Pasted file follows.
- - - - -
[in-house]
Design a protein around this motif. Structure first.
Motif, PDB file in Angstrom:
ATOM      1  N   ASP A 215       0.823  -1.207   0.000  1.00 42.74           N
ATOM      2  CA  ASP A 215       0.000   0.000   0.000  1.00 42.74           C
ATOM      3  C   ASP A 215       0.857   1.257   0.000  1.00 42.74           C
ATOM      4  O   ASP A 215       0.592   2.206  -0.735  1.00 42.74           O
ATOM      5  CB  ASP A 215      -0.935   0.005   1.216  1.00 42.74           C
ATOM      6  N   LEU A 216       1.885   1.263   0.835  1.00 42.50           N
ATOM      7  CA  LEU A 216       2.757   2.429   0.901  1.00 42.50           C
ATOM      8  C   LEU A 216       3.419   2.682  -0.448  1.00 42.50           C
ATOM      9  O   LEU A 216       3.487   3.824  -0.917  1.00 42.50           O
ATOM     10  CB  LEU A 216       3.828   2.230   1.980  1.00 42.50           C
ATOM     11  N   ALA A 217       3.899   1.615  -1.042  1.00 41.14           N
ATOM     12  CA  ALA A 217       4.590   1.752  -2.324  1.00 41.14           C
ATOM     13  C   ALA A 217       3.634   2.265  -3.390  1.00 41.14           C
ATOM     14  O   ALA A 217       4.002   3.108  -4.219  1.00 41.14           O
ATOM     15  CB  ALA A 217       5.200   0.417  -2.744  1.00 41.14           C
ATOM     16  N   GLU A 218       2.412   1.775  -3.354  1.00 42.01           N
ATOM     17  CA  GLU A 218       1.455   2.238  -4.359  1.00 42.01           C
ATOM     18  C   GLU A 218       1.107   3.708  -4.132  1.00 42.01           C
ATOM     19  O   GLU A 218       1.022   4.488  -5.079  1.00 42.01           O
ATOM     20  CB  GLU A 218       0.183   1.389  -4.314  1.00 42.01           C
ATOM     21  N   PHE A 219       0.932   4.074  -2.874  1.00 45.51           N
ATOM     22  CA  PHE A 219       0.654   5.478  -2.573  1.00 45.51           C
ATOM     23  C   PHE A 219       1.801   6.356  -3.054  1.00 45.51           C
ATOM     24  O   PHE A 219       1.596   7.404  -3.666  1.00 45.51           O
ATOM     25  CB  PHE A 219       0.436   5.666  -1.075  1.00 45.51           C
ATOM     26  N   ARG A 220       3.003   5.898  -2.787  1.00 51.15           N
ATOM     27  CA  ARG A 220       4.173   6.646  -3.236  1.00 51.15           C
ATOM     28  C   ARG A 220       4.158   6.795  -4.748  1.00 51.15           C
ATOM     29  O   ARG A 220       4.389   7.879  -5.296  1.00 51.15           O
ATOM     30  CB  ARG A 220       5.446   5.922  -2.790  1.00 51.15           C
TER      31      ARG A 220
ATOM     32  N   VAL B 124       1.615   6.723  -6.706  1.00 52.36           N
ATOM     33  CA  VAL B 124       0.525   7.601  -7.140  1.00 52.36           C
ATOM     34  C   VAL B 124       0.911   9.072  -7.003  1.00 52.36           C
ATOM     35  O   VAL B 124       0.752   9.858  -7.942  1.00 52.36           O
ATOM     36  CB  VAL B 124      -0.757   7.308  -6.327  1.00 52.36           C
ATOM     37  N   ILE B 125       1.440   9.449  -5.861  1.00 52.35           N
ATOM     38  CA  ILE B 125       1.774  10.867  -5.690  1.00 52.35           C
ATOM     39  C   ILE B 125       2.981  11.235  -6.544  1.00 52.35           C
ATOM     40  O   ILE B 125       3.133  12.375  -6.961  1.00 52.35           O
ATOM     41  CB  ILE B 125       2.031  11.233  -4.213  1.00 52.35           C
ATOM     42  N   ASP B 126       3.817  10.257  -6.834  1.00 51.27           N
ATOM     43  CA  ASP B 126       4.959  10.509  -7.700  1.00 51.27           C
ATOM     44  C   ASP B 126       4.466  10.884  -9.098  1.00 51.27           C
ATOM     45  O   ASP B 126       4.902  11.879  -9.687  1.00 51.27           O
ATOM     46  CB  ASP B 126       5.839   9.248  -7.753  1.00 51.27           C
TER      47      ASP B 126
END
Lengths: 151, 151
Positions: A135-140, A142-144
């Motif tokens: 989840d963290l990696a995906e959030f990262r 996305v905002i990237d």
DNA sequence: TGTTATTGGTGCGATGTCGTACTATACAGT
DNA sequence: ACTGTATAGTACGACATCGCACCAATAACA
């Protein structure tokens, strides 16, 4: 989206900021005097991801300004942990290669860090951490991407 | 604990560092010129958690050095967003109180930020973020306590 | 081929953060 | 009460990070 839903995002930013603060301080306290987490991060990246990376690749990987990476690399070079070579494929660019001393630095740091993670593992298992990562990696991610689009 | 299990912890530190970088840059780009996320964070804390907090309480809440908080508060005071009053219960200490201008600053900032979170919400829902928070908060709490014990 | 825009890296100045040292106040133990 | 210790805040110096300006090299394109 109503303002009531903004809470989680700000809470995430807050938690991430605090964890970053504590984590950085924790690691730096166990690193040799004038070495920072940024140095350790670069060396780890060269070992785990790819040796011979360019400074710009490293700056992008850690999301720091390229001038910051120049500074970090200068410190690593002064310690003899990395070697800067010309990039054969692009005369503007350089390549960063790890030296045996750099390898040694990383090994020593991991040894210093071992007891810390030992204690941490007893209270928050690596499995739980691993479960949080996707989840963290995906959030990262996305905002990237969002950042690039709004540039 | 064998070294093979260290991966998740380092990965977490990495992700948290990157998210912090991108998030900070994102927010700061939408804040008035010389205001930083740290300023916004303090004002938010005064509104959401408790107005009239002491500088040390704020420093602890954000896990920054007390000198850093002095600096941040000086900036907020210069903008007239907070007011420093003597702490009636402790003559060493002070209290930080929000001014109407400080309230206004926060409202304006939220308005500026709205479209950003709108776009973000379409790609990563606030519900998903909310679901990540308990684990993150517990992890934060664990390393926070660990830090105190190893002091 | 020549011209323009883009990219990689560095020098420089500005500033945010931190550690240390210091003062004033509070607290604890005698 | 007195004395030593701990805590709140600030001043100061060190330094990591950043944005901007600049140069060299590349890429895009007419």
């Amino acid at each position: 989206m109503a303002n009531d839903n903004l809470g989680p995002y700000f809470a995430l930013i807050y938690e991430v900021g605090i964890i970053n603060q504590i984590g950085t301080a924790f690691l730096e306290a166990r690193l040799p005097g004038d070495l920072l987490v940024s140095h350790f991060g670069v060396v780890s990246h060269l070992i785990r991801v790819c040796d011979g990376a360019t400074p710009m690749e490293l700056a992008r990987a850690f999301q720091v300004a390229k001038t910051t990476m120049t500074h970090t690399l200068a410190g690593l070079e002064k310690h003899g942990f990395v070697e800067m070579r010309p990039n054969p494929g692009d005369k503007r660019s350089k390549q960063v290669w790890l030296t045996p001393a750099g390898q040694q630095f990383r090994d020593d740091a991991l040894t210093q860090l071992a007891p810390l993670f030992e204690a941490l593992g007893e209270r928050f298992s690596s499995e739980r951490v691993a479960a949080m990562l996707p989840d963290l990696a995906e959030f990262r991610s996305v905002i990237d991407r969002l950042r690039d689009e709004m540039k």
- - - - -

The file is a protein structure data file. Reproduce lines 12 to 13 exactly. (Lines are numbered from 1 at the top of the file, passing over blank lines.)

ATOM      9  O   LEU A 216       3.487   3.824  -0.917  1.00 42.50           O
ATOM     10  CB  LEU A 216       3.828   2.230   1.980  1.00 42.50           C